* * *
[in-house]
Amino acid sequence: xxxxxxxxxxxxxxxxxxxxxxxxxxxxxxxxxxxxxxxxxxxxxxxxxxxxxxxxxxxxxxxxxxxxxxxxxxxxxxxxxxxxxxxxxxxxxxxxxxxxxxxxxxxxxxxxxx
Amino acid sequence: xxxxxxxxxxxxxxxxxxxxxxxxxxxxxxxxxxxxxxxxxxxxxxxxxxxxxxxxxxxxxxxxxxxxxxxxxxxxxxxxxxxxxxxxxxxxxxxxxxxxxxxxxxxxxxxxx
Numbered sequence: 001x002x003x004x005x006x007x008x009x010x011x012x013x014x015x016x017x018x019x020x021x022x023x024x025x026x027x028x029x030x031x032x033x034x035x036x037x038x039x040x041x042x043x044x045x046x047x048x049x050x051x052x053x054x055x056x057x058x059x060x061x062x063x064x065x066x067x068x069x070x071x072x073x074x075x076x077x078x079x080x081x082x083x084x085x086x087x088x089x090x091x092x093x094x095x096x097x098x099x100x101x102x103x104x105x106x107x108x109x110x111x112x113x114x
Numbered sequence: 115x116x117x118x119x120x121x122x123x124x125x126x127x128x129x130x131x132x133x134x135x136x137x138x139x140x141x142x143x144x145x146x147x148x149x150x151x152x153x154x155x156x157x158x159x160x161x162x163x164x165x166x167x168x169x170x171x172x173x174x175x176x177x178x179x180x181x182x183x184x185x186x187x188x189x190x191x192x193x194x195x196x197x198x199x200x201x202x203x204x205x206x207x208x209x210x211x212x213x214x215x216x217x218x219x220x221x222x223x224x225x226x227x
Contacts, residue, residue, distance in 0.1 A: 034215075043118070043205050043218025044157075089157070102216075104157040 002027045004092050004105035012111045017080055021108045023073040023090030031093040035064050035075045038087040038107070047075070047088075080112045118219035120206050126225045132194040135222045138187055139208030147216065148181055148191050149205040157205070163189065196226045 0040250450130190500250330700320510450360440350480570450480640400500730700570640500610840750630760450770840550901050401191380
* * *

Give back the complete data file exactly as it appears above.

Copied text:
[in-house]
Amino acid sequence: xxxxxxxxxxxxxxxxxxxxxxxxxxxxxxxxxxxxxxxxxxxxxxxxxxxxxxxxxxxxxxxxxxxxxxxxxxxxxxxxxxxxxxxxxxxxxxxxxxxxxxxxxxxxxxxxxx
Amino acid sequence: xxxxxxxxxxxxxxxxxxxxxxxxxxxxxxxxxxxxxxxxxxxxxxxxxxxxxxxxxxxxxxxxxxxxxxxxxxxxxxxxxxxxxxxxxxxxxxxxxxxxxxxxxxxxxxxxx
Numbered sequence: 001x002x003x004x005x006x007x008x009x010x011x012x013x014x015x016x017x018x019x020x021x022x023x024x025x026x027x028x029x030x031x032x033x034x035x036x037x038x039x040x041x042x043x044x045x046x047x048x049x050x051x052x053x054x055x056x057x058x059x060x061x062x063x064x065x066x067x068x069x070x071x072x073x074x075x076x077x078x079x080x081x082x083x084x085x086x087x088x089x090x091x092x093x094x095x096x097x098x099x100x101x102x103x104x105x106x107x108x109x110x111x112x113x114x
Numbered sequence: 115x116x117x118x119x120x121x122x123x124x125x126x127x128x129x130x131x132x133x134x135x136x137x138x139x140x141x142x143x144x145x146x147x148x149x150x151x152x153x154x155x156x157x158x159x160x161x162x163x164x165x166x167x168x169x170x171x172x173x174x175x176x177x178x179x180x181x182x183x184x185x186x187x188x189x190x191x192x193x194x195x196x197x198x199x200x201x202x203x204x205x206x207x208x209x210x211x212x213x214x215x216x217x218x219x220x221x222x223x224x225x226x227x
Contacts, residue, residue, distance in 0.1 A: 034215075043118070043205050043218025044157075089157070102216075104157040 002027045004092050004105035012111045017080055021108045023073040023090030031093040035064050035075045038087040038107070047075070047088075080112045118219035120206050126225045132194040135222045138187055139208030147216065148181055148191050149205040157205070163189065196226045 0040250450130190500250330700320510450360440350480570450480640400500730700570640500610840750630760450770840550901050401191380